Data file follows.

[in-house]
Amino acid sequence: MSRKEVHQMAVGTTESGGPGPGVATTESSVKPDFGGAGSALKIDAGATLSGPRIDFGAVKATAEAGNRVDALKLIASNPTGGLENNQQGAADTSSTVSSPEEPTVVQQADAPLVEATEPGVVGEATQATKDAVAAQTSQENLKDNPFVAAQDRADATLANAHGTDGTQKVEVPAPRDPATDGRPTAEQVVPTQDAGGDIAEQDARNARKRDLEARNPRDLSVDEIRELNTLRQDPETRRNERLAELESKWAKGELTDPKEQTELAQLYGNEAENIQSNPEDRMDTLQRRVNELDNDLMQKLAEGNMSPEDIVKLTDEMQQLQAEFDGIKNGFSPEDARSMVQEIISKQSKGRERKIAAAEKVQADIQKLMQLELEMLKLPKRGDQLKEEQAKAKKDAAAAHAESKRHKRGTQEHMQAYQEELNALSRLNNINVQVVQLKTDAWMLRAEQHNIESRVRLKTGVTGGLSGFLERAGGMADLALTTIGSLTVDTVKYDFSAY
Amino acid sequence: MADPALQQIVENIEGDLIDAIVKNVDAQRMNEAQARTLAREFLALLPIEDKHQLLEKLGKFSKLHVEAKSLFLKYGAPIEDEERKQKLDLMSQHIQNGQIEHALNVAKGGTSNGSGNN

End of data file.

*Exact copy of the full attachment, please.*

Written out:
[in-house]
Amino acid sequence: MSRKEVHQMAVGTTESGGPGPGVATTESSVKPDFGGAGSALKIDAGATLSGPRIDFGAVKATAEAGNRVDALKLIASNPTGGLENNQQGAADTSSTVSSPEEPTVVQQADAPLVEATEPGVVGEATQATKDAVAAQTSQENLKDNPFVAAQDRADATLANAHGTDGTQKVEVPAPRDPATDGRPTAEQVVPTQDAGGDIAEQDARNARKRDLEARNPRDLSVDEIRELNTLRQDPETRRNERLAELESKWAKGELTDPKEQTELAQLYGNEAENIQSNPEDRMDTLQRRVNELDNDLMQKLAEGNMSPEDIVKLTDEMQQLQAEFDGIKNGFSPEDARSMVQEIISKQSKGRERKIAAAEKVQADIQKLMQLELEMLKLPKRGDQLKEEQAKAKKDAAAAHAESKRHKRGTQEHMQAYQEELNALSRLNNINVQVVQLKTDAWMLRAEQHNIESRVRLKTGVTGGLSGFLERAGGMADLALTTIGSLTVDTVKYDFSAY
Amino acid sequence: MADPALQQIVENIEGDLIDAIVKNVDAQRMNEAQARTLAREFLALLPIEDKHQLLEKLGKFSKLHVEAKSLFLKYGAPIEDEERKQKLDLMSQHIQNGQIEHALNVAKGGTSNGSGNN